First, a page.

Tech-savvy Medvedev to personally monitor bureaucrats online
Before the year is out, he will start personally monitoring whether bureaucrats are carrying out his instructions, with the help of a real-time online system.
The Russian president has frequently complained in public about bureaucratic foot-dragging. “Often, our officials will report that such and such has been done. But when you have a closer look, you realize that in fact nothing has been done at all” he said in March. His administration reports that only one in five decrees is implemented on time. Aiming to change such an unseemly situation it was then promised that by the end of the year the head of state will have a special system allowing him to oversee the implementation of his orders online.
The country’s million-strong bureaucracy is big, but ineffective. The World Economic Forum’s Global Competitiveness Report for 2010 ranks Russia 110th in the world in government efficiency, below Albania and Azerbaijan.
Prime Minister Vladimir Putin recently had to give official warnings to six deputy ministers for failing to comply with the president’s instructions. One has since been fired.
The monitoring system is scheduled to go live by the end of this year. It will be presented as a database of every presidential decree, specifically highlighting those that have not been carried out. Eventually, the president will be able to see the specific official responsible for the delay. The tech-savvy Medvedev, who has a personal blog and Twitter account, says he plans to use the system himself: “I want it installed on my own computer, so that I can see at the click of a button, what is happening with the decree, who is responsible for the delay, and what should be done with the culprit.” He added that there should be legally-binding sanctions for failing to comply.
“In most countries the leader does not have to monitor his entire chain of command” says Andrey Mikhayluk, editor of Hardware Magazine “Indeed, if the president does that, this will be all he does during the working day. However, if there is a particular decree he is interested in, this system will help him get it done.” Mikhayluk also says that a technological solution allows for greater transparency, and hopes such programs will be used for other government work.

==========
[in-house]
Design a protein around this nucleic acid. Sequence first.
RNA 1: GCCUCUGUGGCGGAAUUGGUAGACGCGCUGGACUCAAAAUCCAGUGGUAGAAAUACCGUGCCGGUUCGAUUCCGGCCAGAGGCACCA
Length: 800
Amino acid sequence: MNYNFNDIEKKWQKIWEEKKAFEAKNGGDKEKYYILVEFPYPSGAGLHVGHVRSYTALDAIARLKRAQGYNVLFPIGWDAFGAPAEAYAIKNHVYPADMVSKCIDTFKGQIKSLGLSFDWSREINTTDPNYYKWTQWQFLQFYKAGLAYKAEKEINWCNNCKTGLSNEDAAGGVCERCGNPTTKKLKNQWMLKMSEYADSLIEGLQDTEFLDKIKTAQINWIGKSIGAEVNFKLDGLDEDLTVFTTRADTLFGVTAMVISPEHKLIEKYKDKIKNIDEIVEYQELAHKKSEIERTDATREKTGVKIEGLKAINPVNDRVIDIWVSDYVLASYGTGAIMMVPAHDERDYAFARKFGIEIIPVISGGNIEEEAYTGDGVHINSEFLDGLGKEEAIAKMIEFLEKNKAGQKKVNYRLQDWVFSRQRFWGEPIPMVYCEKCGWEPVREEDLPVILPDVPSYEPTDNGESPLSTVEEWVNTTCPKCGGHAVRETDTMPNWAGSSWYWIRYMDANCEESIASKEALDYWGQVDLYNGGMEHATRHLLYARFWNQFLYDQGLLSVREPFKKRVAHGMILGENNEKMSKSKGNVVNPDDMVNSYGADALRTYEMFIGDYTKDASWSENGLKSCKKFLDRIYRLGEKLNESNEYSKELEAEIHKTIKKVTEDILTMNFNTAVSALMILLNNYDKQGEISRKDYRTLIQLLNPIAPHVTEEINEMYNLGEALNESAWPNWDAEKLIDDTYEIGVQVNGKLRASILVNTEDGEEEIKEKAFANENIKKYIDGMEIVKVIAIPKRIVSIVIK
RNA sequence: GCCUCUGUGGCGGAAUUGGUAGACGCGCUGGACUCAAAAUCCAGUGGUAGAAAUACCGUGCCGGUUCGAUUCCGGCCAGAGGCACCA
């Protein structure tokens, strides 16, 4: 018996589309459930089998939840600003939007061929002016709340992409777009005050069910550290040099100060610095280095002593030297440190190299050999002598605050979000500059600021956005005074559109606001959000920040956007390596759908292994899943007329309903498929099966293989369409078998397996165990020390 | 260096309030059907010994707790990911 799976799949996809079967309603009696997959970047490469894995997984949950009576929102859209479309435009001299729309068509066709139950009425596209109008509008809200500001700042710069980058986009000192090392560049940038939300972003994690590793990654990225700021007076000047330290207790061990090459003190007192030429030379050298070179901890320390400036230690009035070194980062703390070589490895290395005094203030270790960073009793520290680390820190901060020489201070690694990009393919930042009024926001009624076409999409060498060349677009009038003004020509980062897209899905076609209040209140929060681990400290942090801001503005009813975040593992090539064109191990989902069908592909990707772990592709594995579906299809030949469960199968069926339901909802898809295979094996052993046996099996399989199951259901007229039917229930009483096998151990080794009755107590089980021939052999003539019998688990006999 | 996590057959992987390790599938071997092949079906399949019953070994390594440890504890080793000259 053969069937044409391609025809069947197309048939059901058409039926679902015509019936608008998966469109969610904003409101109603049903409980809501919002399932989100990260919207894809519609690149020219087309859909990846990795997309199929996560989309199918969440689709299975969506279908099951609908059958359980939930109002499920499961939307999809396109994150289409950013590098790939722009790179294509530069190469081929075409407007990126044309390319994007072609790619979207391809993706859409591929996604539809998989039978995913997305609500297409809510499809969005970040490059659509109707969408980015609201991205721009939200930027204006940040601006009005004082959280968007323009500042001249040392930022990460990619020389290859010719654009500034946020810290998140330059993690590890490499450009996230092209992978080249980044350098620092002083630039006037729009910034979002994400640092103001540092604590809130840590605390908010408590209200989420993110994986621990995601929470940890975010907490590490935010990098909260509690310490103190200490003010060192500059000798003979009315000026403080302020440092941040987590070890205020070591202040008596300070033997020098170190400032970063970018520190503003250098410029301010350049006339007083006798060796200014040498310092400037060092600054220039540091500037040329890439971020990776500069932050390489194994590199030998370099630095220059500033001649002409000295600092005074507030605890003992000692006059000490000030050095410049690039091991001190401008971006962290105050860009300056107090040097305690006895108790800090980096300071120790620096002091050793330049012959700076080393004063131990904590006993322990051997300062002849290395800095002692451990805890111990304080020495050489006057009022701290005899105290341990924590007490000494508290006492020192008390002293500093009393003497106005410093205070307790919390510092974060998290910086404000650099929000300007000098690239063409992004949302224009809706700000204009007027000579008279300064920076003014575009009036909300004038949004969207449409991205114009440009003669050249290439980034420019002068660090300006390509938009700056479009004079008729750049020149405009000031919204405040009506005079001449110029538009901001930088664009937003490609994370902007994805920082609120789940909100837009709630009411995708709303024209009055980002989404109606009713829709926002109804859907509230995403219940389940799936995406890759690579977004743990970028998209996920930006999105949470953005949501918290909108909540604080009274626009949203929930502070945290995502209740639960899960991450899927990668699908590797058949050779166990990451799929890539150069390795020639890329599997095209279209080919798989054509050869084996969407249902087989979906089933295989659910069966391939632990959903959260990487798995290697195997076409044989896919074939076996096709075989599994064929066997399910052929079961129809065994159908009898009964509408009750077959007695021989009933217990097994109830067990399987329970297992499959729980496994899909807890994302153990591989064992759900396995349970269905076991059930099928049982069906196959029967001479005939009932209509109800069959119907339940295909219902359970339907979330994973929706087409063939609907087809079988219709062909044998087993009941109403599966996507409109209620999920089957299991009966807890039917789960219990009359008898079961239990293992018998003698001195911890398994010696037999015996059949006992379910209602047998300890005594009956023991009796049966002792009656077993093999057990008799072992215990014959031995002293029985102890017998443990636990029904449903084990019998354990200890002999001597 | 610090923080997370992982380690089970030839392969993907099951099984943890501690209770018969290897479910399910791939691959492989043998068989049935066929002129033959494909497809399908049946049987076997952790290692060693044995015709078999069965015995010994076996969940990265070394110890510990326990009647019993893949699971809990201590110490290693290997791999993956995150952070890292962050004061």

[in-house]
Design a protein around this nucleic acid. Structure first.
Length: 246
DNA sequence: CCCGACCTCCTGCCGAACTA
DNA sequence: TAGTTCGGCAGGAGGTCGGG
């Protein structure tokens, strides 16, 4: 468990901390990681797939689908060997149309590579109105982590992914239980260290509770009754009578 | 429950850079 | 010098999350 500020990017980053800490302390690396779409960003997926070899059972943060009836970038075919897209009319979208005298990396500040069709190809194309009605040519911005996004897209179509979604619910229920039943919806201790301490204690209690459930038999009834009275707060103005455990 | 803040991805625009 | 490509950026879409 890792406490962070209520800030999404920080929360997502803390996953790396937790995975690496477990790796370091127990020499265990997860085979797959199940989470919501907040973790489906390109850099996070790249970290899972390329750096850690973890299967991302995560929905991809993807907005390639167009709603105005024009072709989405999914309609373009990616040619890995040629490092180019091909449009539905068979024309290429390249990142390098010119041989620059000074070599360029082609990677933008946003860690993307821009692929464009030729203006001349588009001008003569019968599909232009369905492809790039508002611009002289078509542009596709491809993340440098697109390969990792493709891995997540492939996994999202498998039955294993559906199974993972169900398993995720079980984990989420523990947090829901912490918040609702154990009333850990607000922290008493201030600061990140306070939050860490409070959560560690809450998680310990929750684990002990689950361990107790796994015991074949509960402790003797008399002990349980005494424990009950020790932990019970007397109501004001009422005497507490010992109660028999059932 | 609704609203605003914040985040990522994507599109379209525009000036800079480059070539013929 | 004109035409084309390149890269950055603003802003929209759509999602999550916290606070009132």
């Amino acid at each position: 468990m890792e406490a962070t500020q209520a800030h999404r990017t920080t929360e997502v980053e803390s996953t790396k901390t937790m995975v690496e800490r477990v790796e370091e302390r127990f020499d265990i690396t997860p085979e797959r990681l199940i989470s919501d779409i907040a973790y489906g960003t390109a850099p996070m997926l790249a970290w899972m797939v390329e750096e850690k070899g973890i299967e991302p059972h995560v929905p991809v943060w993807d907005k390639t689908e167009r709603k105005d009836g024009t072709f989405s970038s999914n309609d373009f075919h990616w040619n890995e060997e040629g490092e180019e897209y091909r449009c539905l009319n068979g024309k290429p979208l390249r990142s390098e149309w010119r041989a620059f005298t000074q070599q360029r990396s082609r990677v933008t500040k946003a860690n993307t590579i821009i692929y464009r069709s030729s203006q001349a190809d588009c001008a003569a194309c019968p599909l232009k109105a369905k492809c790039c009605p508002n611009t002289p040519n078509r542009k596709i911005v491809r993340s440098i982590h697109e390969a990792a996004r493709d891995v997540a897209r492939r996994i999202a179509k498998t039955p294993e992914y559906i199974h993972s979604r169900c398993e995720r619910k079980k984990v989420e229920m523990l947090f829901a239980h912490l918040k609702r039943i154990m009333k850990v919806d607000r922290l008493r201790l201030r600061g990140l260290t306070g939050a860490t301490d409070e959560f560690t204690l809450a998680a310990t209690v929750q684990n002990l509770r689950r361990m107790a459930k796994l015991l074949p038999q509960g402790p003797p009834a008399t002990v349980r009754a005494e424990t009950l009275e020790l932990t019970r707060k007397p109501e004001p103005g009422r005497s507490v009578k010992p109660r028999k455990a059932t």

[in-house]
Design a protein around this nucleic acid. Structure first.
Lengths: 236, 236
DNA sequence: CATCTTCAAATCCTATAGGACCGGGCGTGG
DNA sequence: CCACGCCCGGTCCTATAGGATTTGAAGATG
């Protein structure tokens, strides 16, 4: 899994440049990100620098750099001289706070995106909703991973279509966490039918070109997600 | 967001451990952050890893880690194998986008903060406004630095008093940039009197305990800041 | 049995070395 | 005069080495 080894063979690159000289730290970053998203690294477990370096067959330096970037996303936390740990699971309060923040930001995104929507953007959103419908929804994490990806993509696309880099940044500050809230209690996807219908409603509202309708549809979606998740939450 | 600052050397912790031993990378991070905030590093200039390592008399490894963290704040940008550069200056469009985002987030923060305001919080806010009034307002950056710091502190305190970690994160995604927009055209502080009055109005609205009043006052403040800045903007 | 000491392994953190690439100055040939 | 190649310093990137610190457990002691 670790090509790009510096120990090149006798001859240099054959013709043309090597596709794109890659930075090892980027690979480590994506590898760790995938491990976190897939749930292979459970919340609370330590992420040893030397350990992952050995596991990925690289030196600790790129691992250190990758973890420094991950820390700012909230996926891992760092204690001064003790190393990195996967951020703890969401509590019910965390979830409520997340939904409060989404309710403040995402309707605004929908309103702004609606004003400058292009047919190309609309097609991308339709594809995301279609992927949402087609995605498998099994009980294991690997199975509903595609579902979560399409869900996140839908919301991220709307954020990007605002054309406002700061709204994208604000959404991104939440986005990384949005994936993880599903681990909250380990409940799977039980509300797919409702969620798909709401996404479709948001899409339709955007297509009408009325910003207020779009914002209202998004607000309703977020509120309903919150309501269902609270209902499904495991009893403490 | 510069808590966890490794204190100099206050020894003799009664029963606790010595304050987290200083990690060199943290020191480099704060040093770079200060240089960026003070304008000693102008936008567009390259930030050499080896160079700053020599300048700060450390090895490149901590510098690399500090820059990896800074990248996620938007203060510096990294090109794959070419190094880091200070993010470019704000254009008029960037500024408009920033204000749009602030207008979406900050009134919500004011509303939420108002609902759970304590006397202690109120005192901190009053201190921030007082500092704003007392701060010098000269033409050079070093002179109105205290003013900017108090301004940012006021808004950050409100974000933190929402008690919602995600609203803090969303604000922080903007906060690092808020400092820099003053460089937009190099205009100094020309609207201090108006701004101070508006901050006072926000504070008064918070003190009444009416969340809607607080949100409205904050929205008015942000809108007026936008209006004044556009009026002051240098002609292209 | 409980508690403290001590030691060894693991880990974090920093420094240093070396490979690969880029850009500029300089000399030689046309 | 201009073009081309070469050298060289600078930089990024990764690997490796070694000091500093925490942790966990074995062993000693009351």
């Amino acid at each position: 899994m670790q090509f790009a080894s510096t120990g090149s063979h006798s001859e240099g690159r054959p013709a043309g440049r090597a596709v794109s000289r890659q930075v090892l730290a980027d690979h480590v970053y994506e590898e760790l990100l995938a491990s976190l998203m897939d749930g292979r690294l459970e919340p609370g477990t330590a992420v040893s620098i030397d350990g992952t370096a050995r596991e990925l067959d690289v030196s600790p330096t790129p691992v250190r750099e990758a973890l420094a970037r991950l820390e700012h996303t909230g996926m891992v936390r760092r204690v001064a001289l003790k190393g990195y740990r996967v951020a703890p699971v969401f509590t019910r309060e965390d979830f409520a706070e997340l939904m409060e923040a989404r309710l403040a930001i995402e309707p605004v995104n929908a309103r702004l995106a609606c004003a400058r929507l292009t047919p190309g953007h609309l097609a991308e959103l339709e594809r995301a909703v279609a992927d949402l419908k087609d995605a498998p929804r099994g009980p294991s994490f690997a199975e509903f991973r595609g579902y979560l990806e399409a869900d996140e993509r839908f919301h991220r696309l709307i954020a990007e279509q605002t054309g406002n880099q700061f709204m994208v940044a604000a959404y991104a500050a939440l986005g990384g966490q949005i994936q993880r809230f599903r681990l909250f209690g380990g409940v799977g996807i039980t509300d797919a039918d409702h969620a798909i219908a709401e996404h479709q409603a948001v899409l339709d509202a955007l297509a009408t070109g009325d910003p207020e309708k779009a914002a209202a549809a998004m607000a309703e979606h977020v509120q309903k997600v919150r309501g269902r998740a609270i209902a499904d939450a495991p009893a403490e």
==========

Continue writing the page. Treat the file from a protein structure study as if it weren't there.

Medvedev, who presented the system during a video conference, said it will also help him monitor the fight against graft in state procurement, estimated to cost the government over 30 billion dollars a year, and address problems with dishonest energy companies.
“The root of the problem is not the lack of technology, but the need for more political will,” said former Russian Newsweek editor Mikhail Fischman. “Nevertheless, we can see that Medvedev is trying to impose his will. I think when the president starts bringing to justice those that do wrong, that is when these systems will suddenly all start working.”
Dmitry Badovskiy from the Institute of Social Systems welcomes the new system “Medvedev keeps hammering away at the problem. The psychology of bureaucrats is such that only when they realize that this isn’t something that can be ignored or forgotten, then they start to do it.”
President Medvedev will certainly hope that is the case, in a country where the bureaucracy is often regarded as a law unto itself.
Igor Ogorodnev, RT